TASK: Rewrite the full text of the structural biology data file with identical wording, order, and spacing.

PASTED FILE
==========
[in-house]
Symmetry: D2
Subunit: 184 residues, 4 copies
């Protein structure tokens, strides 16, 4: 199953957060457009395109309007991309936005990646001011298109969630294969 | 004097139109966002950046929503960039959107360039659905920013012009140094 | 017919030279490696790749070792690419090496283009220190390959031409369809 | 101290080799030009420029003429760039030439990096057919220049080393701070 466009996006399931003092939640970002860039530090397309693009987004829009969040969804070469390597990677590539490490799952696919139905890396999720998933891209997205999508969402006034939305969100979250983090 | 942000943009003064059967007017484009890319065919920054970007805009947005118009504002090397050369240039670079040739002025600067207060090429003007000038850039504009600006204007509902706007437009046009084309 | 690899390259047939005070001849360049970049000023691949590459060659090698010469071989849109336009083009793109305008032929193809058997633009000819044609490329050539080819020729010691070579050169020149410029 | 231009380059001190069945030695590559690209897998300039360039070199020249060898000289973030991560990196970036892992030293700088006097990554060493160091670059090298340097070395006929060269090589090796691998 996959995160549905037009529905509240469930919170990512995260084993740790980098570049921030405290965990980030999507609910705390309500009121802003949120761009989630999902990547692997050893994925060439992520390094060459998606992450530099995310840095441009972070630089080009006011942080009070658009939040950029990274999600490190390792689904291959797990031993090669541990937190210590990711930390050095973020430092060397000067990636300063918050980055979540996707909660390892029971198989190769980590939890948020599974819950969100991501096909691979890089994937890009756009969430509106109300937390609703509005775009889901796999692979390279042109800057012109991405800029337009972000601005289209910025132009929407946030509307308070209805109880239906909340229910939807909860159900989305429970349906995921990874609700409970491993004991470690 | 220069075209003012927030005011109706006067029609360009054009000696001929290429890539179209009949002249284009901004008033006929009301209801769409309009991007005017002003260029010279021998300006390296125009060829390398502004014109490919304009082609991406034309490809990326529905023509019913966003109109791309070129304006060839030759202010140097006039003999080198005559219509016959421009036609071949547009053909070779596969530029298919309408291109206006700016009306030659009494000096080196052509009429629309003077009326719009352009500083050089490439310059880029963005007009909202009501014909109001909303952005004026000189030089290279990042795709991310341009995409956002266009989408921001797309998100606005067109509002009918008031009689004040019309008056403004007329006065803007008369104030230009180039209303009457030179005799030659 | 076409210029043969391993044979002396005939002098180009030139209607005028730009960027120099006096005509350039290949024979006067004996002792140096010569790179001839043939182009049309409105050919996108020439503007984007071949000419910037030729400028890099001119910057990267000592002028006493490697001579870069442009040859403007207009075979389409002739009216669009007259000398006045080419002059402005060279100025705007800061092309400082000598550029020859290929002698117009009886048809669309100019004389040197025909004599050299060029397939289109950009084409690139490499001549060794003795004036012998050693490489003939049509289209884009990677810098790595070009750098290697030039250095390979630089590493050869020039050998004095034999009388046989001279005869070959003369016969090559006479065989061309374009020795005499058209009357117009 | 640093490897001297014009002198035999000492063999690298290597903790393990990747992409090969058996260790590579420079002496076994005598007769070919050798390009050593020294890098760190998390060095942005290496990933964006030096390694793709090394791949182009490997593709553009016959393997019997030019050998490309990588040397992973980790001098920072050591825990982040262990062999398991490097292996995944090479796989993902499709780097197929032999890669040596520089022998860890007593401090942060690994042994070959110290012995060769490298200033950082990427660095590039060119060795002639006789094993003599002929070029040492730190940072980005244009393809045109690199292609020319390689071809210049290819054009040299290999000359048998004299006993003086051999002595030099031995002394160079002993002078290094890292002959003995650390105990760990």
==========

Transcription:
[in-house]
Symmetry: D2
Subunit: 184 residues, 4 copies
């Protein structure tokens, strides 16, 4: 199953957060457009395109309007991309936005990646001011298109969630294969 | 004097139109966002950046929503960039959107360039659905920013012009140094 | 017919030279490696790749070792690419090496283009220190390959031409369809 | 101290080799030009420029003429760039030439990096057919220049080393701070 466009996006399931003092939640970002860039530090397309693009987004829009969040969804070469390597990677590539490490799952696919139905890396999720998933891209997205999508969402006034939305969100979250983090 | 942000943009003064059967007017484009890319065919920054970007805009947005118009504002090397050369240039670079040739002025600067207060090429003007000038850039504009600006204007509902706007437009046009084309 | 690899390259047939005070001849360049970049000023691949590459060659090698010469071989849109336009083009793109305008032929193809058997633009000819044609490329050539080819020729010691070579050169020149410029 | 231009380059001190069945030695590559690209897998300039360039070199020249060898000289973030991560990196970036892992030293700088006097990554060493160091670059090298340097070395006929060269090589090796691998 996959995160549905037009529905509240469930919170990512995260084993740790980098570049921030405290965990980030999507609910705390309500009121802003949120761009989630999902990547692997050893994925060439992520390094060459998606992450530099995310840095441009972070630089080009006011942080009070658009939040950029990274999600490190390792689904291959797990031993090669541990937190210590990711930390050095973020430092060397000067990636300063918050980055979540996707909660390892029971198989190769980590939890948020599974819950969100991501096909691979890089994937890009756009969430509106109300937390609703509005775009889901796999692979390279042109800057012109991405800029337009972000601005289209910025132009929407946030509307308070209805109880239906909340229910939807909860159900989305429970349906995921990874609700409970491993004991470690 | 220069075209003012927030005011109706006067029609360009054009000696001929290429890539179209009949002249284009901004008033006929009301209801769409309009991007005017002003260029010279021998300006390296125009060829390398502004014109490919304009082609991406034309490809990326529905023509019913966003109109791309070129304006060839030759202010140097006039003999080198005559219509016959421009036609071949547009053909070779596969530029298919309408291109206006700016009306030659009494000096080196052509009429629309003077009326719009352009500083050089490439310059880029963005007009909202009501014909109001909303952005004026000189030089290279990042795709991310341009995409956002266009989408921001797309998100606005067109509002009918008031009689004040019309008056403004007329006065803007008369104030230009180039209303009457030179005799030659 | 076409210029043969391993044979002396005939002098180009030139209607005028730009960027120099006096005509350039290949024979006067004996002792140096010569790179001839043939182009049309409105050919996108020439503007984007071949000419910037030729400028890099001119910057990267000592002028006493490697001579870069442009040859403007207009075979389409002739009216669009007259000398006045080419002059402005060279100025705007800061092309400082000598550029020859290929002698117009009886048809669309100019004389040197025909004599050299060029397939289109950009084409690139490499001549060794003795004036012998050693490489003939049509289209884009990677810098790595070009750098290697030039250095390979630089590493050869020039050998004095034999009388046989001279005869070959003369016969090559006479065989061309374009020795005499058209009357117009 | 640093490897001297014009002198035999000492063999690298290597903790393990990747992409090969058996260790590579420079002496076994005598007769070919050798390009050593020294890098760190998390060095942005290496990933964006030096390694793709090394791949182009490997593709553009016959393997019997030019050998490309990588040397992973980790001098920072050591825990982040262990062999398991490097292996995944090479796989993902499709780097197929032999890669040596520089022998860890007593401090942060690994042994070959110290012995060769490298200033950082990427660095590039060119060795002639006789094993003599002929070029040492730190940072980005244009393809045109690199292609020319390689071809210049290819054009040299290999000359048998004299006993003086051999002595030099031995002394160079002993002078290094890292002959003995650390105990760990």